Reimporting these drugs is currently illegal under federal law, but the practice is growing. Several state and local governments have actually moved to facilitate it, setting the stage for a possible showdown with the Food and Drug Administration. The congressional bills to end the federal ban are supported not only by the usual advocates of increased government control over medicine, but by some free-market voices as well. In their view, the current federal ban violates the basic principle of free trade. After all, if a drug is available from abroad for less than in the <?xml:namespace prefix = st1 ns = "urn:schemas-microsoft-com:office:smarttags" />U.S., why should Americans be barred from obtaining these bargains?
But several factors undercut this free trade claim. For one thing, such free-market advocates as Milton Friedman and Richard Epstein favor the ban. To quote from a letter to Congress signed by Professor Friedman and other over 100 other economists, under reimportation "American consumers would get the short-term windfall of lower prices, but they would end up unnecessarily suffering and living shorter lives—because promising new therapies would be delayed or not even developed."
Moreover, at issue here are patent rights—limited exceptions to free trade that are expressly provided for in the Constitution. And finally, the duress exerted by foreign governments means that this trade involves not freely produced products, but extorted ones.
Perhaps the best evidence of this comes from the very language of the major pro-reimportation proposal, the "Pharmaceutical Market Access and Drug Safety" bill introduced by Sen. Byron Dorgan (D-ND), which now has 30 cosponsors. This bill has a set of provisions to prevent what it calls "gaming the system"—drug company attempts adjusting foreign sales practices in order to curtail reimportation. "Gaming the system" is thus a derisive codeword for freedom of contract, and the bill is written to gut that freedom. But in order not to be too brazen about this, it declares that it is not intended "to compel the manufacturer of a drug to distribute or sell the drug in a country."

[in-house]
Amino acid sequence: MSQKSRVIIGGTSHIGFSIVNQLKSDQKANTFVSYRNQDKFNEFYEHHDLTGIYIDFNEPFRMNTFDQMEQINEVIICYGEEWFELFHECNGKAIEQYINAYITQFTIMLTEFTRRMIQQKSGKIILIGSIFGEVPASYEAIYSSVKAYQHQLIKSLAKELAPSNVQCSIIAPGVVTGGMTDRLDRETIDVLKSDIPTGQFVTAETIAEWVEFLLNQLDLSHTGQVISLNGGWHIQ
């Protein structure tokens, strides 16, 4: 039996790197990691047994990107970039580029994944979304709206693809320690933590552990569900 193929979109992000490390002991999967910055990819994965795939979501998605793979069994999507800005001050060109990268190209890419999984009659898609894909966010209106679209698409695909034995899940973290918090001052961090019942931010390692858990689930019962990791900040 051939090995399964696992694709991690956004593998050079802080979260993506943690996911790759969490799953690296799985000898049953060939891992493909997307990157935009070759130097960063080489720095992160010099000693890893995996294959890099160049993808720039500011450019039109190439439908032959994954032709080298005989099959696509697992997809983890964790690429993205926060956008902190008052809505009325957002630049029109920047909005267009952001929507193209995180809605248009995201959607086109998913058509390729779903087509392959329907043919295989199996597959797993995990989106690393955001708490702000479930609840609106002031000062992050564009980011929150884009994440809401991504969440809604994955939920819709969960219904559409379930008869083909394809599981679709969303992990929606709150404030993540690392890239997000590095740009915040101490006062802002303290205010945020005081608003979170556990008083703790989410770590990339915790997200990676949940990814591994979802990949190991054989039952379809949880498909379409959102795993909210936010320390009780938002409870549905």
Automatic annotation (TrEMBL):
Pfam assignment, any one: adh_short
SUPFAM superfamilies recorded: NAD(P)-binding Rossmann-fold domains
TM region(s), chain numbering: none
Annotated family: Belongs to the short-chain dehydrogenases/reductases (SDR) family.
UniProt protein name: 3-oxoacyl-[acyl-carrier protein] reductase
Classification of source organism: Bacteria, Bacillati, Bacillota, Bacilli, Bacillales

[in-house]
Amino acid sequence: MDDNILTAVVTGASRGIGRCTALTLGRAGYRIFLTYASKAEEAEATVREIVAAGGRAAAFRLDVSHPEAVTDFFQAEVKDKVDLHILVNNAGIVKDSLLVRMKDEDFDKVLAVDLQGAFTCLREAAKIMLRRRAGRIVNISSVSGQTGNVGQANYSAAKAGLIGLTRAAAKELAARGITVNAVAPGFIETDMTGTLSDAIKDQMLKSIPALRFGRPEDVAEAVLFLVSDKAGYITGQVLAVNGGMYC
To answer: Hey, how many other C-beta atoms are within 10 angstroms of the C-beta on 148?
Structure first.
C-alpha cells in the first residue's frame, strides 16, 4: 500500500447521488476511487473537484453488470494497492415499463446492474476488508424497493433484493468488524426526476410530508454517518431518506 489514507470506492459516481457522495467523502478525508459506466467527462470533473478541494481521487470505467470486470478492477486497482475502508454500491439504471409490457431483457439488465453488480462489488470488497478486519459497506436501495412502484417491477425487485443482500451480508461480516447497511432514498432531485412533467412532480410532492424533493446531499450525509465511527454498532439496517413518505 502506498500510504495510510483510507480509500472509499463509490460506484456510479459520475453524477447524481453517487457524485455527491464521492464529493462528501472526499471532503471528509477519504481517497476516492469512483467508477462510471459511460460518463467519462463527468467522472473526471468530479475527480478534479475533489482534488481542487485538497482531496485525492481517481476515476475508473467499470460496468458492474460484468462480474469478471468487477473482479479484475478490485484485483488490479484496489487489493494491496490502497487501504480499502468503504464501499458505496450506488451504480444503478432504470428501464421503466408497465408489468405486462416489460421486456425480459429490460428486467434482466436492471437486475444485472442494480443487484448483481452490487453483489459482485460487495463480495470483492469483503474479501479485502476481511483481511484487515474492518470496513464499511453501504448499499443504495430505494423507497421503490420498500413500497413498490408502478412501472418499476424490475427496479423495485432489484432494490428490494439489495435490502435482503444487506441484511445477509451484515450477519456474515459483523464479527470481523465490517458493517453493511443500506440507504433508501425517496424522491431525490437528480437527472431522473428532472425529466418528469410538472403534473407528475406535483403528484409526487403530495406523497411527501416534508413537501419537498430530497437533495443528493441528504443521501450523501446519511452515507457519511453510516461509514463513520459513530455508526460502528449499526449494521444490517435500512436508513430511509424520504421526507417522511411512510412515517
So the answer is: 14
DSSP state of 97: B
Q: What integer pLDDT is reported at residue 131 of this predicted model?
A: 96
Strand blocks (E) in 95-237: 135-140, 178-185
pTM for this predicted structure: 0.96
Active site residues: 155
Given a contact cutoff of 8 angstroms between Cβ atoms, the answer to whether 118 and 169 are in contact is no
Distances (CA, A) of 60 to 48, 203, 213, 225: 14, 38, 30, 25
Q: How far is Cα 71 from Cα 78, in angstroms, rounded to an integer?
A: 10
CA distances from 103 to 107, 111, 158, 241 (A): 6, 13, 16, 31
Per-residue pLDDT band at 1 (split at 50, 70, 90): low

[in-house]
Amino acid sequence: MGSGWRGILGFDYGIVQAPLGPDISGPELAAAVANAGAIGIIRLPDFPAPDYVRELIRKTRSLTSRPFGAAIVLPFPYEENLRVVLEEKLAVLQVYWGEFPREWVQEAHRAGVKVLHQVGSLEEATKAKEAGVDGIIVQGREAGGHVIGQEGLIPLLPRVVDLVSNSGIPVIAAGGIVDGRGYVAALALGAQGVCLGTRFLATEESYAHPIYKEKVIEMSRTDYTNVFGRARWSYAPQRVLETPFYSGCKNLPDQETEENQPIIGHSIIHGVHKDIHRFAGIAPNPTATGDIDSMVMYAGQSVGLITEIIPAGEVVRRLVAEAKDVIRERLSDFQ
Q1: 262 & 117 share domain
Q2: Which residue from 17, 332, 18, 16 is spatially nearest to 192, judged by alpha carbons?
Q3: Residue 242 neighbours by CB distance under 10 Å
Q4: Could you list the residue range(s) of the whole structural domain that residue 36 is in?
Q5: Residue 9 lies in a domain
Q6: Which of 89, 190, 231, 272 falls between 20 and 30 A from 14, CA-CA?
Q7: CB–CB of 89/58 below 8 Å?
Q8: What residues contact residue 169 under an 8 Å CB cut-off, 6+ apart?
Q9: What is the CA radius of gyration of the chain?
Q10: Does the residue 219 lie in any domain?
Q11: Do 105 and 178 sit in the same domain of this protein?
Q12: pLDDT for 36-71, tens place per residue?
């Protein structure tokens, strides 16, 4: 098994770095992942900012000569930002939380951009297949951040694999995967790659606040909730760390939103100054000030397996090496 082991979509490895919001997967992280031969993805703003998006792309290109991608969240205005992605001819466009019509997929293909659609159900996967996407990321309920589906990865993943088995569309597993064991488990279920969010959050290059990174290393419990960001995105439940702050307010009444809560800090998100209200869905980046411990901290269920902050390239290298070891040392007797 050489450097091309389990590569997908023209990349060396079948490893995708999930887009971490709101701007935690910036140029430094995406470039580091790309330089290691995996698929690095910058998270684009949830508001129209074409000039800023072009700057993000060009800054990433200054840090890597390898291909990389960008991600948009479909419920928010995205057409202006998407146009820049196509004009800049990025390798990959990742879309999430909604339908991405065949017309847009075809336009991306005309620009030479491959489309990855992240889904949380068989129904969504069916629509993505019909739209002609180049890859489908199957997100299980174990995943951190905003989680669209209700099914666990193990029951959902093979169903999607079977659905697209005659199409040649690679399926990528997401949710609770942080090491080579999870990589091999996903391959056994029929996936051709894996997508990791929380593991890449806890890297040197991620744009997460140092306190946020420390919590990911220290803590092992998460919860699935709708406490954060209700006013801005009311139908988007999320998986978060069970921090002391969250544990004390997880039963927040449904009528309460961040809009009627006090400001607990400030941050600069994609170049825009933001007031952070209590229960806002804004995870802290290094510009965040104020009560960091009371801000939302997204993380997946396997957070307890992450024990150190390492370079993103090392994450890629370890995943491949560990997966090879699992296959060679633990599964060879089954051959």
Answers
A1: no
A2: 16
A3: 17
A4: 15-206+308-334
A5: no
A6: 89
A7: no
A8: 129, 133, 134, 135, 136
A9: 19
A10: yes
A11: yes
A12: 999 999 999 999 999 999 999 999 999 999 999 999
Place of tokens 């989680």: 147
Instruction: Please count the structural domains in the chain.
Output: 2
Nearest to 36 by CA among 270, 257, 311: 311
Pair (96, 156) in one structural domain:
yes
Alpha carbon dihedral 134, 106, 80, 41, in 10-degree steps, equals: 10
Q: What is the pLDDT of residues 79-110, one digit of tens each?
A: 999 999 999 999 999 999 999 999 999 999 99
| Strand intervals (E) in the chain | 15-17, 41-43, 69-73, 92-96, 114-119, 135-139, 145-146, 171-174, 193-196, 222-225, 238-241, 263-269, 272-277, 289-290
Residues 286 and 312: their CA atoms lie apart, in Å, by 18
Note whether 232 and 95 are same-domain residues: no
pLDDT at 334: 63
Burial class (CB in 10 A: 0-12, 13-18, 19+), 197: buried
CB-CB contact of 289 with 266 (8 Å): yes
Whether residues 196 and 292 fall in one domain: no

But if history is any guide, this will soon be interpreted to mean the opposite—that once a drugmaker has sold the drug, no matter when or how indirectly, it won't ever be allowed to stop.
It's here that the connection between reimportation and rent control becomes explicit. The rent control laws followed this same pattern, down to practically the identical language. Beginning sixty odd years ago, those laws declared that they did not "require any person to … offer any accommodations for rent." But the end result was diametrically different—once you started to rent out a unit, it was next to impossible for you to stop. Just ask any New York City landlord who's ever tried to take a rent-controlled unit off the market.
The "anti-gaming" provisions of Sen. Dorgan's reimportation bill (and of at least one other proposal like it) are likely to have this very same effect. As in the case of rent control, they create a regulatory Roach Motel—drug companies can check in, but they can't check out.
When individual cities imposed rent control and wrecked the future of their housing, their residents at least were able to move elsewhere. If importation is imposed on the pharmaceutical industry, where ya gonna go?